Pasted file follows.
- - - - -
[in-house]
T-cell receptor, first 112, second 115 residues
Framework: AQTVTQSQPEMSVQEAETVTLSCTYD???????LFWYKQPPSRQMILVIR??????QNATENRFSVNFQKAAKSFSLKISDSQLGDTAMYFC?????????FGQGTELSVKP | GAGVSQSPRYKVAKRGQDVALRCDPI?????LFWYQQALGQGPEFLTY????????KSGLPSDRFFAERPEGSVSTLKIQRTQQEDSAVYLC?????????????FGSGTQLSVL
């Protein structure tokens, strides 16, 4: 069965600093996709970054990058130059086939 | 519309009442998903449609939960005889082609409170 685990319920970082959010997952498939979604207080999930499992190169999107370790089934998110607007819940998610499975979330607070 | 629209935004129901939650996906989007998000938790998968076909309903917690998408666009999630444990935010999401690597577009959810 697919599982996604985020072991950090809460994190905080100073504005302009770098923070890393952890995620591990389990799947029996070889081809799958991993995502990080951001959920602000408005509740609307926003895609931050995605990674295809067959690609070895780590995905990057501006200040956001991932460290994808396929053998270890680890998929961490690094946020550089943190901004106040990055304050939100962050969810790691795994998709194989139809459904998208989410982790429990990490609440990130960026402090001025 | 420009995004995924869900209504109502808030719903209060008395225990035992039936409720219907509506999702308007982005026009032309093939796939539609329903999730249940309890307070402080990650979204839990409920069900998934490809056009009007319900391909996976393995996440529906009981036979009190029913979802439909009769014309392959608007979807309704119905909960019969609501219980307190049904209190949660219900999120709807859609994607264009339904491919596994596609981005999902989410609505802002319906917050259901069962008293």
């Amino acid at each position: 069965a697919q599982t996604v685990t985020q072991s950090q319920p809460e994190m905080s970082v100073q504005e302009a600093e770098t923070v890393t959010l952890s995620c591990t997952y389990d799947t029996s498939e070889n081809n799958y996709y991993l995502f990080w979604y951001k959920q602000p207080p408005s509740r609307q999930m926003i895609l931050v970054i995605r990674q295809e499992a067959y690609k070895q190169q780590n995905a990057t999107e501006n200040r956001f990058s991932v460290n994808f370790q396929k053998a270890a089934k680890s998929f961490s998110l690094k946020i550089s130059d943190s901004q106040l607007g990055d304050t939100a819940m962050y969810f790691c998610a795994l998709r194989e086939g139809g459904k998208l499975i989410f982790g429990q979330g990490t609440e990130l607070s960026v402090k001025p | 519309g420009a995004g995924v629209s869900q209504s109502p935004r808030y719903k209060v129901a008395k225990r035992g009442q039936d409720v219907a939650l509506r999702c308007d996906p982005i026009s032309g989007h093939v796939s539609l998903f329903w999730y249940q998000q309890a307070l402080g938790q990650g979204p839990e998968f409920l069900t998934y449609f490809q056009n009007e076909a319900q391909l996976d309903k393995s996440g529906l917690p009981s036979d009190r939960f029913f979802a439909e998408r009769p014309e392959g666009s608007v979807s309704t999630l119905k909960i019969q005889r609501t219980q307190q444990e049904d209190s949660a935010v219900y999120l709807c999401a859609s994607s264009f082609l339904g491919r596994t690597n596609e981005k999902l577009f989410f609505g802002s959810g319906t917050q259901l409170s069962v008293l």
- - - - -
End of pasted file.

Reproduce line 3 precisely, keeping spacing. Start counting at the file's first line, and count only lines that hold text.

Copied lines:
Framework: AQTVTQSQPEMSVQEAETVTLSCTYD???????LFWYKQPPSRQMILVIR??????QNATENRFSVNFQKAAKSFSLKISDSQLGDTAMYFC?????????FGQGTELSVKP | GAGVSQSPRYKVAKRGQDVALRCDPI?????LFWYQQALGQGPEFLTY????????KSGLPSDRFFAERPEGSVSTLKIQRTQQEDSAVYLC?????????????FGSGTQLSVL